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A lung-on-a-chip array with an integrated bio-inspired respiration mechanism

Significance statement

The drug discovery process is hampered by an extremely poor successful rate (only about 10%) and tremendous costs. The reasons of this dramatic failure rate are drug toxicity and inefficacy issues that are not identified early on by standard in-vitro and in-vivo models. The lung-on-a-chip presented in this article, which mimics in an unprecedented way the biophysical microenvironment of the air-blood barrier, is expected to better predict the effects of respiratory drug candidates in humans and thus reduce the costs of clinical trials. As an example, we show that the permeability of the air-blood barrier is significantly affected by the mechanical strain induced by the breathing movements. The concentration of inhaled particles (from pollution, aerosols or inhalation drugs) that enters in the blood stream via the lung barrier therefore importantly depends on this dynamic environment. Another important aspect that was tested with this lung-on-chip for the first time, is the use of primary healthy lung alveolar cells from patients who underwent a lung resection. These primary cells behaved differently in a physiological dynamic environment vs. a static environment. This is a major step in view of personalised medicine assays carried out in in-vivo-like conditions.

A lung-on-a-chip array with an integrated bio-inspired respiration mechanism. Global Medical Discovery










Journal Reference

Stucki AO, Stucki JD, Hall SR, Felder M, Mermoud Y, Schmid RA, Geiser T, Guenat OT. Lab Chip. 2015 Mar 7;15(5):1302-10.

ARTORG Center for Biomedical Engineering Research, Lung Regeneration Technologies, University of Berne, Switzerland.

Email: [email protected]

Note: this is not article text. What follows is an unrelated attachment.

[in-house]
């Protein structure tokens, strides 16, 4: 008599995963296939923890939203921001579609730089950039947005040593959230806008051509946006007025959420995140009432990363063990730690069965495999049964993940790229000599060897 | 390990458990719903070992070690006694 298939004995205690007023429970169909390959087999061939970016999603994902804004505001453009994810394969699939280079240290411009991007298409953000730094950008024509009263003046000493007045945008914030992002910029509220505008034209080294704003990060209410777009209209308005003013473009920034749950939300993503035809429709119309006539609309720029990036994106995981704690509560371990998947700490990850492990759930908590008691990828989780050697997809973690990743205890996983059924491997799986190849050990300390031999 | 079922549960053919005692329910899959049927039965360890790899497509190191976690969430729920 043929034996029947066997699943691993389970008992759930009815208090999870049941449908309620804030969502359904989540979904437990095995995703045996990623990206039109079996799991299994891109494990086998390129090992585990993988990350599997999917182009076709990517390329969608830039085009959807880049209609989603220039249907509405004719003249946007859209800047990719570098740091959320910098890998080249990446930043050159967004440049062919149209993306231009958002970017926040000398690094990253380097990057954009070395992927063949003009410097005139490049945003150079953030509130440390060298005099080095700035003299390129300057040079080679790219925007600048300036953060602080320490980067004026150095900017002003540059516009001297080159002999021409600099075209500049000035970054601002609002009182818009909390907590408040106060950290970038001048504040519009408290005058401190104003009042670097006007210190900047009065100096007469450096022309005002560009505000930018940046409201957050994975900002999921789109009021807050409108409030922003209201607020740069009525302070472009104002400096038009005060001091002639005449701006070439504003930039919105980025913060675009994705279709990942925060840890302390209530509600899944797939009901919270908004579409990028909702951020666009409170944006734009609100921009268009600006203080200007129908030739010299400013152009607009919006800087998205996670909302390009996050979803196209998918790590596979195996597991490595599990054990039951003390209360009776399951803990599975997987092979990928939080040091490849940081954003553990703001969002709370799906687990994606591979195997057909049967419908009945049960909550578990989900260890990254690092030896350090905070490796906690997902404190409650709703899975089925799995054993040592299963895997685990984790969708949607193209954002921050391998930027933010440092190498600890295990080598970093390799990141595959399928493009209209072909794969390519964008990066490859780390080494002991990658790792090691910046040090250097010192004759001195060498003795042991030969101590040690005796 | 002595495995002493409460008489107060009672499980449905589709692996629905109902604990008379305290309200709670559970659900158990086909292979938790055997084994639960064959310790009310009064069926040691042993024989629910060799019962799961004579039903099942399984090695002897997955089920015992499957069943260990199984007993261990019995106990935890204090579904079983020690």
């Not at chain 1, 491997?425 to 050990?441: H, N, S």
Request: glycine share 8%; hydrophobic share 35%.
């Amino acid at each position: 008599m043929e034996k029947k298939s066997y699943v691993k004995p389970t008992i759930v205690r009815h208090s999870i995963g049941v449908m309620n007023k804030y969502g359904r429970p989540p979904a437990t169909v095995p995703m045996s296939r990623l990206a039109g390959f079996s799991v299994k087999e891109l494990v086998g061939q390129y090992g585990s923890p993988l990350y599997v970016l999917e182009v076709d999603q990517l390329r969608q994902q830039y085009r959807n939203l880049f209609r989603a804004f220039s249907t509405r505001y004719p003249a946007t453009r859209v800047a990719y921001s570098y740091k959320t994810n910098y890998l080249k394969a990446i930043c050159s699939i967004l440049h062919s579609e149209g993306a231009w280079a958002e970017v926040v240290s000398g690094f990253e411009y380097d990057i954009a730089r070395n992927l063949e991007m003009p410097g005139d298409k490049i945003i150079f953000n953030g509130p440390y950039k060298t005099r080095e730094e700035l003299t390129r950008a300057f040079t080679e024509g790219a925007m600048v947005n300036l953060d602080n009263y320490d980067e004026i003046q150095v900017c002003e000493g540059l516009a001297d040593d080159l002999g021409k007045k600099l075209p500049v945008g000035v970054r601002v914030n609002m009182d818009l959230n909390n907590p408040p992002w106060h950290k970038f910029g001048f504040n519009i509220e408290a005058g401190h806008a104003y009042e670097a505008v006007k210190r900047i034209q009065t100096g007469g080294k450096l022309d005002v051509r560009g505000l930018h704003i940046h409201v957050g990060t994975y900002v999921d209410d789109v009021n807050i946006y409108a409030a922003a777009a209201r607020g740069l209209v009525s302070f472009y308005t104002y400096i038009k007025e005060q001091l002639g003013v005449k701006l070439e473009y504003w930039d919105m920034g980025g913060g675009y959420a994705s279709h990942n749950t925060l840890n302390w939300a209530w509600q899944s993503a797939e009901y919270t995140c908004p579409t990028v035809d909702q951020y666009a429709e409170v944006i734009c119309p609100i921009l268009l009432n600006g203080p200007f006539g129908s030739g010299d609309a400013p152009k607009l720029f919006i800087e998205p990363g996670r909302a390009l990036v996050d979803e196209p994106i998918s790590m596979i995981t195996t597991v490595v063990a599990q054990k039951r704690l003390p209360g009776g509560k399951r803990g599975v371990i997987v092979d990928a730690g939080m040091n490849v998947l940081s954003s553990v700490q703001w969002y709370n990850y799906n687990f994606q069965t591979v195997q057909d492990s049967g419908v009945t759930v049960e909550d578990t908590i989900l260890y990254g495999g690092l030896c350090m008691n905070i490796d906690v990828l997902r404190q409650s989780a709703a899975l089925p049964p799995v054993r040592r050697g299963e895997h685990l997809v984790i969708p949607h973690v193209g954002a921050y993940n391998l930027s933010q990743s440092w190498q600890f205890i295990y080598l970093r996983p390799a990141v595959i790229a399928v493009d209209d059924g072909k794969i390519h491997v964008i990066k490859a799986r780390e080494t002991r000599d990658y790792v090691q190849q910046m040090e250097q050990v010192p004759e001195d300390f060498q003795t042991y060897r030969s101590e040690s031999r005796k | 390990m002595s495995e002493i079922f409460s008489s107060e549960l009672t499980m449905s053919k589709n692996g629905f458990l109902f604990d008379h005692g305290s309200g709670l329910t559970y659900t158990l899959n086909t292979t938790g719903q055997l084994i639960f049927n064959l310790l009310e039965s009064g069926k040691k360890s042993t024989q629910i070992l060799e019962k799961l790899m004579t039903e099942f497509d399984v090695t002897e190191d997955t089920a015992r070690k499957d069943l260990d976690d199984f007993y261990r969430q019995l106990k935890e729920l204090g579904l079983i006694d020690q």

We report a lung-on-a-chip array that mimics the pulmonary parenchymal environment, including the thin alveolar barrier and the three-dimensional cyclic strain induced by breathing movements. The micro-diaphragm used to stretch the alveolar barrier is inspired by the in vivo diaphragm, the main muscle responsible for inspiration. The design of this device aims not only at best reproducing the in vivo conditions found in the lung parenchyma but also at making the device robust and its handling easy. An innovative concept, based on the reversible bonding of the device, is presented that enables accurate control of the concentration of cells cultured on the membrane by easily accessing both sides of the membranes. The functionality of the alveolar barrier could be restored by co-culturing epithelial and endothelial cells that form tight monolayers on each side of a thin, porous and stretchable membrane. We showed that cyclic stretch significantly affects the permeability properties of epithelial cell layers. Furthermore, we also demonstrated that the strain influences the metabolic activity and the cytokine secretion of primary human pulmonary alveolar epithelial cells obtained from patients. These results demonstrate the potential of this device and confirm the importance of the mechanical strain induced by breathing in pulmonary research.

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